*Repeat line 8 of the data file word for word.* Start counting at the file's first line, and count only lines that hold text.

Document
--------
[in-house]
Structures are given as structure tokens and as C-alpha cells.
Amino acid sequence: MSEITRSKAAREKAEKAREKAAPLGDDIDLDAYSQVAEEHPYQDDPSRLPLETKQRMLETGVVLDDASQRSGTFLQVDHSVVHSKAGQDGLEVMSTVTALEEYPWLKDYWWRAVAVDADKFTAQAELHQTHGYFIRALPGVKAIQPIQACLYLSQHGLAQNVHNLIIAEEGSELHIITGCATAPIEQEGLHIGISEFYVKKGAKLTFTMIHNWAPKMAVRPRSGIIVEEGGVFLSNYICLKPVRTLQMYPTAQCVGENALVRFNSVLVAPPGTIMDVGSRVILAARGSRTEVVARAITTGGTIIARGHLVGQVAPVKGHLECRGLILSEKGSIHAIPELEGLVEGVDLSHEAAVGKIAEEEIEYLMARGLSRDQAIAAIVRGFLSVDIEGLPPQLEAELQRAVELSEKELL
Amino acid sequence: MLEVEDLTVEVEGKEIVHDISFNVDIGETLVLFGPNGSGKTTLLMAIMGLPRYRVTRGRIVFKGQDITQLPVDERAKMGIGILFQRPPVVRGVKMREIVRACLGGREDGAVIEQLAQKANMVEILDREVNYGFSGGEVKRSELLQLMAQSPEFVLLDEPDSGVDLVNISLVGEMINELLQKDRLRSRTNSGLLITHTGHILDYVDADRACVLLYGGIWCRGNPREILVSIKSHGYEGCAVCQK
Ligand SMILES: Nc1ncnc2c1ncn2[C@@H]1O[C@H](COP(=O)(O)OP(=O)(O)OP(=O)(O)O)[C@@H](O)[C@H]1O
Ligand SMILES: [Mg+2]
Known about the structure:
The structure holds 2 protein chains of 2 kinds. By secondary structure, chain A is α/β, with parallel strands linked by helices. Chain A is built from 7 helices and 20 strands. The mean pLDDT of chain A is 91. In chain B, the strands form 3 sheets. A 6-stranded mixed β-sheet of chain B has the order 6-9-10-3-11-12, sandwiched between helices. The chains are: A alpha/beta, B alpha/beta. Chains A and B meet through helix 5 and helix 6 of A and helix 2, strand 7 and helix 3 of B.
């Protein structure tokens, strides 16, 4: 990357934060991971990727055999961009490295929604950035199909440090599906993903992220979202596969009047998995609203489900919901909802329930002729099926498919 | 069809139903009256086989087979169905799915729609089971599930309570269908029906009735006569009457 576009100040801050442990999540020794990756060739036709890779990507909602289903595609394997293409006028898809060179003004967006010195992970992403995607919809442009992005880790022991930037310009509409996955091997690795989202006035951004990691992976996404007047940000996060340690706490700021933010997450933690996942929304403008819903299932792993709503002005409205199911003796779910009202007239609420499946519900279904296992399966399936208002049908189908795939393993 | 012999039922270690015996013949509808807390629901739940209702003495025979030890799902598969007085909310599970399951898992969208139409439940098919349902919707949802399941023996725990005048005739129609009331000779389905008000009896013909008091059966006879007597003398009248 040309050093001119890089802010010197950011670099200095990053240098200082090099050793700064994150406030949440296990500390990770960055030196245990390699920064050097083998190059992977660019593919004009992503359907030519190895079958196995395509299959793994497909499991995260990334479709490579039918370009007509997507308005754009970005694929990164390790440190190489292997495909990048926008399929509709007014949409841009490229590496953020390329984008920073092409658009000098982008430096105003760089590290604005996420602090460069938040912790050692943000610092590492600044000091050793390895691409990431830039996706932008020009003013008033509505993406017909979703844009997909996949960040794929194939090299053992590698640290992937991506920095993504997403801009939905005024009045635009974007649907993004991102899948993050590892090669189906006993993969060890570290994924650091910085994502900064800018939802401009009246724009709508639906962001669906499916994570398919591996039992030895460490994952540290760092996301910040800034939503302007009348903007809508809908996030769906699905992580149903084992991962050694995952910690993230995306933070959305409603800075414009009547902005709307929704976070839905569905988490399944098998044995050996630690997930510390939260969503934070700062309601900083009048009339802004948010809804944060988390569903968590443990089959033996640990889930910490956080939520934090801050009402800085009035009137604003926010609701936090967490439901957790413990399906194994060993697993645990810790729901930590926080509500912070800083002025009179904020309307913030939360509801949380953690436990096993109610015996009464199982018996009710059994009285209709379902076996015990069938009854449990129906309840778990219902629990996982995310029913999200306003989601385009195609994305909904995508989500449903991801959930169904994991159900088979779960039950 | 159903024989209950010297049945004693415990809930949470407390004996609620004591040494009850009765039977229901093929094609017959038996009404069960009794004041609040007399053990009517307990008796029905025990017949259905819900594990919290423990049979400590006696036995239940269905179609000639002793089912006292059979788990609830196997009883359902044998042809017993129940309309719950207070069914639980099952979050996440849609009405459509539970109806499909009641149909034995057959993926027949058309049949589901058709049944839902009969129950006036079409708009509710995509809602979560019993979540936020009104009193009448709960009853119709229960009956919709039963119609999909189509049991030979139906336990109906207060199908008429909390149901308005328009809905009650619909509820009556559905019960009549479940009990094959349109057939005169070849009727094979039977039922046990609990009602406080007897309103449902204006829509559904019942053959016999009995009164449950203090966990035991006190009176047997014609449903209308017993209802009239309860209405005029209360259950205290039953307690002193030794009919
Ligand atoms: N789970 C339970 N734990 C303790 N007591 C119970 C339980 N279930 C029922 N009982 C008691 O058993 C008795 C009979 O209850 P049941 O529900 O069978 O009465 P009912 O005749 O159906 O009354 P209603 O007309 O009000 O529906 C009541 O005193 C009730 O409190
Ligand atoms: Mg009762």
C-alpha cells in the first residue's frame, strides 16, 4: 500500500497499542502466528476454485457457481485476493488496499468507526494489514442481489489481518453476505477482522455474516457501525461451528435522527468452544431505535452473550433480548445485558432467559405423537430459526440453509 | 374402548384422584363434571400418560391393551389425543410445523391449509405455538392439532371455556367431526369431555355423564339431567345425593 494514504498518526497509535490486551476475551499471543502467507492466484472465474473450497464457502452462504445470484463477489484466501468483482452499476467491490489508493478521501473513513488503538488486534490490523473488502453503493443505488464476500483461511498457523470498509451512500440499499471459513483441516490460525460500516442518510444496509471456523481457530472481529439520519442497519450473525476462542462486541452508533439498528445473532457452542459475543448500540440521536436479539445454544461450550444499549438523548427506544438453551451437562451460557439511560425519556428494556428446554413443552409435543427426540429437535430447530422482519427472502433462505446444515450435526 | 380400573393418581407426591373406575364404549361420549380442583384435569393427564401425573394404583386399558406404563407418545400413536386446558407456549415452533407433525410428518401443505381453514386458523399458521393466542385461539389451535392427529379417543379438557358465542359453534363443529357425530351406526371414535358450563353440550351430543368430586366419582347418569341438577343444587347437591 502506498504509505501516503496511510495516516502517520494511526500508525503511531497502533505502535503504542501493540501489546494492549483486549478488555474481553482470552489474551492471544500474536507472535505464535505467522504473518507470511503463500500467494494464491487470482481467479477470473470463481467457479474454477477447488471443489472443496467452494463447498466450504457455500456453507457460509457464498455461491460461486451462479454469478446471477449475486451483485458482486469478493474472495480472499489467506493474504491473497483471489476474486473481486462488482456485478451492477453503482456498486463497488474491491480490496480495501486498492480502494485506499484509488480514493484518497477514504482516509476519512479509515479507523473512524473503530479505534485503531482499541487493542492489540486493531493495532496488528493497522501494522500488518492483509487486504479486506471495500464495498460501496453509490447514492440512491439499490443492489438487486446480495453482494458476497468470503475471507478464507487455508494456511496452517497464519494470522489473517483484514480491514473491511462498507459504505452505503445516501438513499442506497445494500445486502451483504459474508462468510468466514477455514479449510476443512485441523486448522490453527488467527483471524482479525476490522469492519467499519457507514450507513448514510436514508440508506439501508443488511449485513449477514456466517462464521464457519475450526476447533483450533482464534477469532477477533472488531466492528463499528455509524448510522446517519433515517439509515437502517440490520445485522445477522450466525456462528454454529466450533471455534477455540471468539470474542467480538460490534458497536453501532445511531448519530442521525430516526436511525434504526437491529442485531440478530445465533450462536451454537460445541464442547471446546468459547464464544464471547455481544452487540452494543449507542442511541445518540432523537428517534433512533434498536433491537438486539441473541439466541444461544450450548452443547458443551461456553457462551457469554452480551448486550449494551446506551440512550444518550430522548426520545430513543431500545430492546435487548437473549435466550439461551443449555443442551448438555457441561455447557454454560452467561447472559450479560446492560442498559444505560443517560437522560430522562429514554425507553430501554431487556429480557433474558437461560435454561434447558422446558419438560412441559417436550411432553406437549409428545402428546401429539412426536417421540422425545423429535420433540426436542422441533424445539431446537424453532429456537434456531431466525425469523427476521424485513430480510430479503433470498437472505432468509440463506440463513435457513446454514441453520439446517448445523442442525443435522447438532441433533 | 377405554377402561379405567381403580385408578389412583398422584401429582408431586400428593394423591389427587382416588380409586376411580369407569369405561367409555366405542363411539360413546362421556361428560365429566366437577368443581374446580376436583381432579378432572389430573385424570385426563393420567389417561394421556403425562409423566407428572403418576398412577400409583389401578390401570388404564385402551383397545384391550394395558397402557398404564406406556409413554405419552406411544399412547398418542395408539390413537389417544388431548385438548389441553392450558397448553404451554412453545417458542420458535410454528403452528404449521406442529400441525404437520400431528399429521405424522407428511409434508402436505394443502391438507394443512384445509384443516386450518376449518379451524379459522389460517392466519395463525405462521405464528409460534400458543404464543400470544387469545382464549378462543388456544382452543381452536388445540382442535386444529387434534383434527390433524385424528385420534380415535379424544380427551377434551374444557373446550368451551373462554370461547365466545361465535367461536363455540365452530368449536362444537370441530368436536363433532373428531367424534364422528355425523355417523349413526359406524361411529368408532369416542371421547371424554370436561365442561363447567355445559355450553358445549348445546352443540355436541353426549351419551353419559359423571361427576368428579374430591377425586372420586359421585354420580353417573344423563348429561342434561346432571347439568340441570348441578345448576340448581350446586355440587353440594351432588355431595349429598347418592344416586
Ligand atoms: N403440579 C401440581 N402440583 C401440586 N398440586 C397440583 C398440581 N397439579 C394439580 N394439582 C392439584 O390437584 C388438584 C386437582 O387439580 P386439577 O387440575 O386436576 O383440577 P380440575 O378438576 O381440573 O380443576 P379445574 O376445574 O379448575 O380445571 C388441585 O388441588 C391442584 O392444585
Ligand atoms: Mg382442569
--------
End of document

The structure holds 2 protein chains of 2 kinds. By secondary structure, chain A is α/β, with parallel strands linked by helices. Chain A is built from 7 helices and 20 strands. The mean pLDDT of chain A is 91. In chain B, the strands form 3 sheets. A 6-stranded mixed β-sheet of chain B has the order 6-9-10-3-11-12, sandwiched between helices. The chains are: A alpha/beta, B alpha/beta. Chains A and B meet through helix 5 and helix 6 of A and helix 2, strand 7 and helix 3 of B.